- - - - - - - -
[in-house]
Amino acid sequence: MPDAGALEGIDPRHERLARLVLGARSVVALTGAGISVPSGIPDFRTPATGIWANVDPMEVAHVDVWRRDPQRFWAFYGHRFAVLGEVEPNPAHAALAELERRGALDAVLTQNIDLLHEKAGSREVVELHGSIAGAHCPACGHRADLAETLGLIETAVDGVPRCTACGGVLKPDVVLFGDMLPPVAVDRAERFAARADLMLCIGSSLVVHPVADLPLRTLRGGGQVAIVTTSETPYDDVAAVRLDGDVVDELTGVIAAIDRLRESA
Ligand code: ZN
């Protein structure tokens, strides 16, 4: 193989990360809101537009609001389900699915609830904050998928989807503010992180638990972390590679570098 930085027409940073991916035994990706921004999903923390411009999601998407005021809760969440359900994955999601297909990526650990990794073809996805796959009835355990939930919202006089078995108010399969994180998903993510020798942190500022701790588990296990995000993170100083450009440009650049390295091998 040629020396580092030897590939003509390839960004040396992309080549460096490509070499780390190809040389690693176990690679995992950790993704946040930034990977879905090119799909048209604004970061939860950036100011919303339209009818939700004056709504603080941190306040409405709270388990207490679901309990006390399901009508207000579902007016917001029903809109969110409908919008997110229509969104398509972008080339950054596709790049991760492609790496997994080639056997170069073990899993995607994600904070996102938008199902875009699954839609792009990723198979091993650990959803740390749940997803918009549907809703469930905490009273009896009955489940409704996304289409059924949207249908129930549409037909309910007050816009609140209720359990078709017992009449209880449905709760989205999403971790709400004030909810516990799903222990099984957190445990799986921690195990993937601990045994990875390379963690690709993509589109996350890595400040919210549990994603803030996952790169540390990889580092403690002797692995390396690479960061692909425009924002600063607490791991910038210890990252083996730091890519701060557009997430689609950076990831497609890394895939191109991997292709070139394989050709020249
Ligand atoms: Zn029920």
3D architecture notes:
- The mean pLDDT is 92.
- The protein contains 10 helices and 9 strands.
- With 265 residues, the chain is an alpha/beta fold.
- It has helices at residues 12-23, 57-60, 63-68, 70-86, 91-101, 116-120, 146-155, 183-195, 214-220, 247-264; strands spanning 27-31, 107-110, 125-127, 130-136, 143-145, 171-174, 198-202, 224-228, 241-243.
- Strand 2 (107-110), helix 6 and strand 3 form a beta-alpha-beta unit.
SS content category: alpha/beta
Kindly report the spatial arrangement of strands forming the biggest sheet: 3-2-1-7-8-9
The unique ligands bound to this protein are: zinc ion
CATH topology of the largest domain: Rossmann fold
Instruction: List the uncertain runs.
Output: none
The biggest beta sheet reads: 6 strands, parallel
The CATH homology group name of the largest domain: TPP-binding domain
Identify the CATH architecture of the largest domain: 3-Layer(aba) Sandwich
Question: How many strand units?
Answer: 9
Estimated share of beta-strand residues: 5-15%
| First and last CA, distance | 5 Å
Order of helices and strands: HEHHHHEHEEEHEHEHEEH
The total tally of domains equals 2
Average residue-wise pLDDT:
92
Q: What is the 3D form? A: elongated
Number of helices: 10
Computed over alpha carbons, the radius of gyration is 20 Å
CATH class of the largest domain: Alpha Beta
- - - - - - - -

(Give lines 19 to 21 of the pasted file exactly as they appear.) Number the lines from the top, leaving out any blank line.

The CATH homology group name of the largest domain: TPP-binding domain
Identify the CATH architecture of the largest domain: 3-Layer(aba) Sandwich
Question: How many strand units?